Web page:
Conflicts in Countries
& the Security Council

  Sudanese Bishop visits UN Geneva
20-26 th Sept 2005

Reconciliation and Rebuilding in Sudan

Bishop Francis Loyo, Anglican Bishop of Rokon in Southern Sudan since 1995, remained in his war-torn country throughout 15 years of turmoil and struggle. Often walking huge distances to be with scattered congregations, he became aware that although he had no physical resources – food, money – to give, nevertheless the simple gift of words and being present among the people was a huge encouragement. That same simplicity and infectious warmth was evident as he visited Geneva recently to meet with representatives of the international community.

Bishop Francis Loyo, b. 1958, Bishop of Rokon, Southern Sudan (elected 1995, consecrated 1997), married to Linda with 7 children

The signing of the Comprehensive Peace Agreement (CPA) on 9 January 2005 between the Sudanese Government and the Sudan People’s Liberation Movement (SPLM) now provides an opportunity for rebuilding, despite the tragic death recently of the Southern leader Dr John Garang, and the continuing crisis in Darfur. With this in mind, Bishop Loyo has just completed a visit (20-26th Sept 2005) to Geneva to visit UN agencies and other organisations active in the field. “The church is one of the few civil society organisations with an effective network on the ground” explains Bishop Loyo, “and it has a crucial role to play in the process of reconciliation and rebuilding.”

Meeting with staff at the Office of the High Commissioner for Human Rights (OHCHR), the High Commission for Refugees (UNHCR), and diplomatic representatives, and also with the General Secretary of the World Council of Churches, Dr Sam Kobia, Bishop Loyo was able to explore ways in which the Anglican Church can continue to contribute effectively in coordination with the international organisations. The visit was facilitated by the emerging Anglican Representation at the UN in Geneva, whose Secretary, Revd Mike French explained: “Relationships of trust at the grass-roots are essential, and one of our priorities is to help build credibility and confidence for those at the sharp end of the Communion’s life by providing access to the UN and other agencies at head office level.”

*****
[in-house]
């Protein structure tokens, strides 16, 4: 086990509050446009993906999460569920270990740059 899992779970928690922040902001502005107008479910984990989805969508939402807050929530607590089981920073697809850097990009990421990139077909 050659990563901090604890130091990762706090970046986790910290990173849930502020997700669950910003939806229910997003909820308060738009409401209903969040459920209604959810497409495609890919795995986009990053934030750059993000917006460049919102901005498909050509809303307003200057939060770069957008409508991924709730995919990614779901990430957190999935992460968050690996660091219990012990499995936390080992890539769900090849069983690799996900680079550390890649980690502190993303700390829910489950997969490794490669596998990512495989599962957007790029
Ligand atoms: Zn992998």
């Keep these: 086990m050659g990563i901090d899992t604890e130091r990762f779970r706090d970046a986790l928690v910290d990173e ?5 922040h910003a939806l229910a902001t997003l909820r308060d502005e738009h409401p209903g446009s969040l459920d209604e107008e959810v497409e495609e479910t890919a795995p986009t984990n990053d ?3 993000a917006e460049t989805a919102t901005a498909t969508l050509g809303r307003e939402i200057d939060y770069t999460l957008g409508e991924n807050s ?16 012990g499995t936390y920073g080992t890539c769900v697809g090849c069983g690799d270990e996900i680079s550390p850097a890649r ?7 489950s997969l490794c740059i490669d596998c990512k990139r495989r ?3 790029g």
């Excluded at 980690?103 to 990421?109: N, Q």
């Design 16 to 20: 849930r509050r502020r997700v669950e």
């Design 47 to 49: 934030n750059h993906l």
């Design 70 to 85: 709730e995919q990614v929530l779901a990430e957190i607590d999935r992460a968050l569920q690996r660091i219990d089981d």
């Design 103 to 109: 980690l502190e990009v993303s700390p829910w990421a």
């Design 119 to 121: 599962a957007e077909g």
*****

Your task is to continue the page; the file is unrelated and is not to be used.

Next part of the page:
UN staff indicated their willingness to see the church as a partner in reconciliation and human rights work, where they are keen to provide capacity-building and training, and also in the rebuilding of the physical infrastructure after 20 years of war, as well as seeing it as an important player in the strengthening of civil society. They church needs to show willing and demonstrate that it has the capacity at a local level, or in collaboration with other partners such as NGOs.

Bishop Loyo spoke of the need to move beyond thinking of the country in terms of a Muslim north and Christian south and to try to build together as Sudanese: “Reconciliation and rebuilding need to happen both from top to bottom, and bottom to top.”

Bishop Francis has recently been in the UK to complete further studies in Durham. The Episcopal Church of the Sudan has an ongoing link with the Diocese of Salisbury.
Revd Michael French, Secretary to Anglican Representation at the UN Geneva,, +41-(0)22 779 0465

Anglican UN Representation, World Council of Churches, OHCHR, UNHCR

Published by the Anglican Communion Office ©2002 Anglican Consultative Council